Fabric-Free Fashion at Visions Art Museum is featuring an exhibit of garments and fashion accessories made of non-traditional materials. The exhibit will be on display through July 24, 2011 running Tuesday - Sunday from 10 a.m. to 4 p.m. Contact Beth Smith at 619-546-4872 for questions. Also on display in the Art Meets Fashion room is the work of Team Evolution Transformed.
Gum wrappers and garbage sacks revitalized into a sexy little dress; plastic forks find new life in an ethereal winged getup that one could imagine flouncing down the red carpet on some flashy mega-star; and lottery tickets - 425 to be exact - turned into a sizzling tangerine gown for someone feeling lucky.
That’s the kind of magic that happens when 20-local fashion designers are unleashed from the confines of fabric. It’s called Fabric-Free Fashion and these designers have turned the mundane into magnificent and brought to life some glam designs even Vogue would be proud to have on the cover.
At first glance, many of the garments on display hold the illusion of fabric. The textures flow, the colors pop and shimmer and the material cinches in all the right places. But after a closer look the senses start to awaken to discover ordinary items repurposed into not so ordinary frocks – none of which are fabric.My nose was drawn to one dress in particular. My nostrils flared as I sauntered by. My mouth watered. I was whisked back to my childhood for a fleeting moment. I wasn’t allowed to touch, but that didn’t stop me from sniffing. So that’s what I did - I took a sniff. It was licorice, black twine – that chewy treat I savored in movie theaters as a child - turned into a little black dress perfect for a fancy shmancy cocktail party. From a distance, even a fashion maven wouldn’t guess it was edible. But the nose doesn’t lie and I’m sure the designer, Eduardo Torres, has proof in a receipt somewhere of the 9-pounds of licorice he ordered when he decided to spring to life Réglisse Noir.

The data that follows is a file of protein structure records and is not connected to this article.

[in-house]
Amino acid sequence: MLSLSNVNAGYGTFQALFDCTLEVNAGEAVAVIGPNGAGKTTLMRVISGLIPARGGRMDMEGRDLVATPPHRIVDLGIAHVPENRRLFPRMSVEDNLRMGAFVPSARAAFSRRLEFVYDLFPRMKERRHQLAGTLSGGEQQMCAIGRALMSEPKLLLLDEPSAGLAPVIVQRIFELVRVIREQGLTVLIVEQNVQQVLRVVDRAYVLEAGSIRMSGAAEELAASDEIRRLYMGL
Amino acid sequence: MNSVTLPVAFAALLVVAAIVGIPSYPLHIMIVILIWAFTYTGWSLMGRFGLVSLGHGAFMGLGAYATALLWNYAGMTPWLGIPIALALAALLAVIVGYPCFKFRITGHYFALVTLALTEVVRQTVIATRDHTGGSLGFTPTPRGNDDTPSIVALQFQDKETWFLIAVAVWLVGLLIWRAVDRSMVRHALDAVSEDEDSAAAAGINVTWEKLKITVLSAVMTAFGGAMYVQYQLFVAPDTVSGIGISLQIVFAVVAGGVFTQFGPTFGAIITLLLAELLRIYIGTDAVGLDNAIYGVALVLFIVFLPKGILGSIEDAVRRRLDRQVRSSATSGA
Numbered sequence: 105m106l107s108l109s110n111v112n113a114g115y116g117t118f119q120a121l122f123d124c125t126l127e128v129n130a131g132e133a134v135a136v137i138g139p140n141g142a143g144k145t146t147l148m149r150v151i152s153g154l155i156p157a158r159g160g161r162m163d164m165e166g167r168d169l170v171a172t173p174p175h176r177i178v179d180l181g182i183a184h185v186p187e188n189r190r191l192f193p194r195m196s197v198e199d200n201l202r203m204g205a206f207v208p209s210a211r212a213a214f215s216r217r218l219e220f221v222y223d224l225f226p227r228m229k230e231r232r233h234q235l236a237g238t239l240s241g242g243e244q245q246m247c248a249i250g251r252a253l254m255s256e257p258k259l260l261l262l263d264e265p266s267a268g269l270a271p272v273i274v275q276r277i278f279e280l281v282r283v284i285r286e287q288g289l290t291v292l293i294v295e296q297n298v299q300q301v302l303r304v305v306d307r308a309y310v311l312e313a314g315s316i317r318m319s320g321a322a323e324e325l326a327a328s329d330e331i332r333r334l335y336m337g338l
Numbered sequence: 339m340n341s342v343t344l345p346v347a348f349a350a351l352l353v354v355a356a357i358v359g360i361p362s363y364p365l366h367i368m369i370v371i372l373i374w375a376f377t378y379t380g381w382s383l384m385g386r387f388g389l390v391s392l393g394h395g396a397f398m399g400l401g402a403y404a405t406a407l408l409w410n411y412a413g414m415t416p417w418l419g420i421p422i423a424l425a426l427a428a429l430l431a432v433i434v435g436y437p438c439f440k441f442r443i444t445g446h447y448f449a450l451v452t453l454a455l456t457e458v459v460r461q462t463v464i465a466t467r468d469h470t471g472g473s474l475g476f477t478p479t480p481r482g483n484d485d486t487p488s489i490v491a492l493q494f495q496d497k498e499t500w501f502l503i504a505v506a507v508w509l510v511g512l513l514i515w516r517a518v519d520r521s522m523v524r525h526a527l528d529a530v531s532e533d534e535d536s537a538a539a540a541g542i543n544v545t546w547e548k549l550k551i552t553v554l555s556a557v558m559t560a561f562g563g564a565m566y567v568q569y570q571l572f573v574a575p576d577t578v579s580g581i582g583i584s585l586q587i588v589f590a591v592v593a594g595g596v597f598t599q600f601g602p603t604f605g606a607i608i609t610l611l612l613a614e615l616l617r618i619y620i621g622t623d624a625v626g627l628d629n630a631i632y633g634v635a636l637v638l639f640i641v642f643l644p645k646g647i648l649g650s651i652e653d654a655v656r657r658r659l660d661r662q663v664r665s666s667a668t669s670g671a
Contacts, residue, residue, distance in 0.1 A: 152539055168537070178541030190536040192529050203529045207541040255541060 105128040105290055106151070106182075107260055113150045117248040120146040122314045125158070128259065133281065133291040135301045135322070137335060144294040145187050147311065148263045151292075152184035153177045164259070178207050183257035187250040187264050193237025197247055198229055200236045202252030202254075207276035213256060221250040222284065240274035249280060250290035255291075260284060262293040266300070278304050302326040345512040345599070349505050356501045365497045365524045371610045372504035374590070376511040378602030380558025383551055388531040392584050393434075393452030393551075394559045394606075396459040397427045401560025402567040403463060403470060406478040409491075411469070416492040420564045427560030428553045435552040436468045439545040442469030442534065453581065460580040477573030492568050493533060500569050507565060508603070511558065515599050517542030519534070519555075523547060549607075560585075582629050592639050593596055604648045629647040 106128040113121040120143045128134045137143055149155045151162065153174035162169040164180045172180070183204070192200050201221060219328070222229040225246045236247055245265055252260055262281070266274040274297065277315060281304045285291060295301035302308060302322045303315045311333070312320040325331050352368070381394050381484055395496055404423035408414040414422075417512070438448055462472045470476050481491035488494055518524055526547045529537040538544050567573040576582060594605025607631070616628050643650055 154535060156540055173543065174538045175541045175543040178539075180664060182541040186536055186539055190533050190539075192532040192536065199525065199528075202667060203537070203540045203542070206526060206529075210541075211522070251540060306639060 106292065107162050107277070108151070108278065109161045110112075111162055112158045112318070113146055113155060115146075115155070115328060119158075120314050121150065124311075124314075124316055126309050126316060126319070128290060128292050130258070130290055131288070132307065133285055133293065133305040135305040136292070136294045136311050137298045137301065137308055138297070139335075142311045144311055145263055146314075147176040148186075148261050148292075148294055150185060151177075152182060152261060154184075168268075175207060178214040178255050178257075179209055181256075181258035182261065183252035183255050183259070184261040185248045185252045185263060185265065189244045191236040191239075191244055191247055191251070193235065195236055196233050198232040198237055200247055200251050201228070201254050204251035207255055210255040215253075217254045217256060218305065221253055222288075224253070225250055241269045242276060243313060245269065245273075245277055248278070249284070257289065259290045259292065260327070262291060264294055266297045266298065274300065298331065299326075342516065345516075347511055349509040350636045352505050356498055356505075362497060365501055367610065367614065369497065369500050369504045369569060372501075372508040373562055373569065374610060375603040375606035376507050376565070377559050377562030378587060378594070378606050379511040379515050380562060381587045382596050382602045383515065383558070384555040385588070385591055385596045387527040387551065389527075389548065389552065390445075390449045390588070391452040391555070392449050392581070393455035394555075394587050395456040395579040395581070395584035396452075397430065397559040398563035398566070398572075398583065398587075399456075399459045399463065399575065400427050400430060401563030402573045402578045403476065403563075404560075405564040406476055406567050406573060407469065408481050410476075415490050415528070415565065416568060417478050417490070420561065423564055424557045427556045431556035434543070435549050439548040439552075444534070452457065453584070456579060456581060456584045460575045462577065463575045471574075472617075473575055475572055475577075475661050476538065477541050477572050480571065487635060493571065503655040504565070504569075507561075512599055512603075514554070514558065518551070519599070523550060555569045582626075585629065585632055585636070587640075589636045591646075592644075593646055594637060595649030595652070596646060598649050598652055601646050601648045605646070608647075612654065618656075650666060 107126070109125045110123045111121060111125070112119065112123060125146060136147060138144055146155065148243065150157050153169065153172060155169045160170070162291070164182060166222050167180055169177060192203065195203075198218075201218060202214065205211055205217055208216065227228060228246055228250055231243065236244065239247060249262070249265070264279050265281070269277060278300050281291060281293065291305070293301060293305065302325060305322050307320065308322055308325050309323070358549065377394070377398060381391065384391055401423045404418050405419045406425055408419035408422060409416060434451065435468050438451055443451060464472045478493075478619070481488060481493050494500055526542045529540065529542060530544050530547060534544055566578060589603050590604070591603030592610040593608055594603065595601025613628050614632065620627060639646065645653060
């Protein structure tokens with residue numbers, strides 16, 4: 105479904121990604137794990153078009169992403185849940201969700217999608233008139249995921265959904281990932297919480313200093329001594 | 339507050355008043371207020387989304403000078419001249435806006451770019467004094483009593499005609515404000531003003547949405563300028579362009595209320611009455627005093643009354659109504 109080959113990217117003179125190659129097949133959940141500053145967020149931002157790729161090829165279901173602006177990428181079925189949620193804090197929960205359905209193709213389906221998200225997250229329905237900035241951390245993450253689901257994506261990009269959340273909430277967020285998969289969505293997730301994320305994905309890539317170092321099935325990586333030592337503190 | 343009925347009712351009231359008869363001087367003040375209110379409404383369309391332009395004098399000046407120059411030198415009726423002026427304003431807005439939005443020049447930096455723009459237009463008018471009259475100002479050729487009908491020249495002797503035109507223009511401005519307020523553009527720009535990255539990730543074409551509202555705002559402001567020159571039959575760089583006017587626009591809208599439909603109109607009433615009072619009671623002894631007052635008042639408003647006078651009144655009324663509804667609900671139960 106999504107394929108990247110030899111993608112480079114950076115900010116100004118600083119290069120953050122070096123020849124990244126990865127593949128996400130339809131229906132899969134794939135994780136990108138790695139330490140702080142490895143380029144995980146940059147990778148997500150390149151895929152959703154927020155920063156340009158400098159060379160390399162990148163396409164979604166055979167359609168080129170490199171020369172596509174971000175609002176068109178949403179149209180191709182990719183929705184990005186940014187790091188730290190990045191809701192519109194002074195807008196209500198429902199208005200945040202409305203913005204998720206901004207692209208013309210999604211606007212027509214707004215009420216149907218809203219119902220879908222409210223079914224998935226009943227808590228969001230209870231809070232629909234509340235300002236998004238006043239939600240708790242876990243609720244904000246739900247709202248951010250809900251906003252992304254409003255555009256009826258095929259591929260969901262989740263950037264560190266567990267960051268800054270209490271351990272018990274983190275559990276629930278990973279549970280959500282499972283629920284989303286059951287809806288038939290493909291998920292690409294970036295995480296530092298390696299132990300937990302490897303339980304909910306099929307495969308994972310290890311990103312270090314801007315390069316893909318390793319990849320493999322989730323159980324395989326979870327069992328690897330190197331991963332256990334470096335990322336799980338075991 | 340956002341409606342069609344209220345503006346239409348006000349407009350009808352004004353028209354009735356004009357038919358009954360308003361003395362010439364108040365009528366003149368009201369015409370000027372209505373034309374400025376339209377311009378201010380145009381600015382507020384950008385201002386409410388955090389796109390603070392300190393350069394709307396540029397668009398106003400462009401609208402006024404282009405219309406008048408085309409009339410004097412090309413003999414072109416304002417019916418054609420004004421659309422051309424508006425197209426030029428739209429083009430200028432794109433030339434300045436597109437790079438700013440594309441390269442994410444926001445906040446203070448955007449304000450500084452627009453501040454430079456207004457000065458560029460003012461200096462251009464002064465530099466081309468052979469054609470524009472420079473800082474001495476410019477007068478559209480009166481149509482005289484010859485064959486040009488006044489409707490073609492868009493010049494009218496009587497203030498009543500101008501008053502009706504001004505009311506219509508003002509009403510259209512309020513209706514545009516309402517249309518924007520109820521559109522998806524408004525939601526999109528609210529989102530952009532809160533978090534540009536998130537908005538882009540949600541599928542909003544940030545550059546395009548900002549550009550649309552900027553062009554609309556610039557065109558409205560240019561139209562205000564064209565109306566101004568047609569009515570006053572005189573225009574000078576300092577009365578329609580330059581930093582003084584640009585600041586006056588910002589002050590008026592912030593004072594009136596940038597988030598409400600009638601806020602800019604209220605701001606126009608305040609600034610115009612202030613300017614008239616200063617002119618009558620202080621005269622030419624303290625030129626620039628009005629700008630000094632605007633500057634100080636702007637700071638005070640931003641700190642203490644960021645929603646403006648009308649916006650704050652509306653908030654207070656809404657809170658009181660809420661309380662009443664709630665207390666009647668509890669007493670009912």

The stories behind the designs are just as fascinating as the pieces themselves. A lot can be discovered about a particular artist when you learn what compelled them to create their masterpiece in the first place.
Keith Bonar was inspired to design Junk Mail Dress from over 300 pieces of junk mail he received and collected for 6-months. He repurposed the paper into a fun, snappy dress with sass and attitude to remind us of the unnecessary waste that clogs our mailboxes and our landfills.
Then there’s the designer Anna Walden, who fashioned her scoop-neck blouse It Happened One Night from video tape from a movie of the same name. The real heart of the garment is in the fringe. Copper wire that once belonged to her now deceased Dad is used to embellish the trim like a delicate whisper.
The stories abound in every garment. And as I strolled through the gallery it dawned on me that it was no coincidence this exhibit was on display in a museum best known for its quilts. Just as a quilt weaves together disparate pieces of fabric to tell a story, these designers have all woven stories of their own by stitching together inventive creations that give a small glimpse into their soul.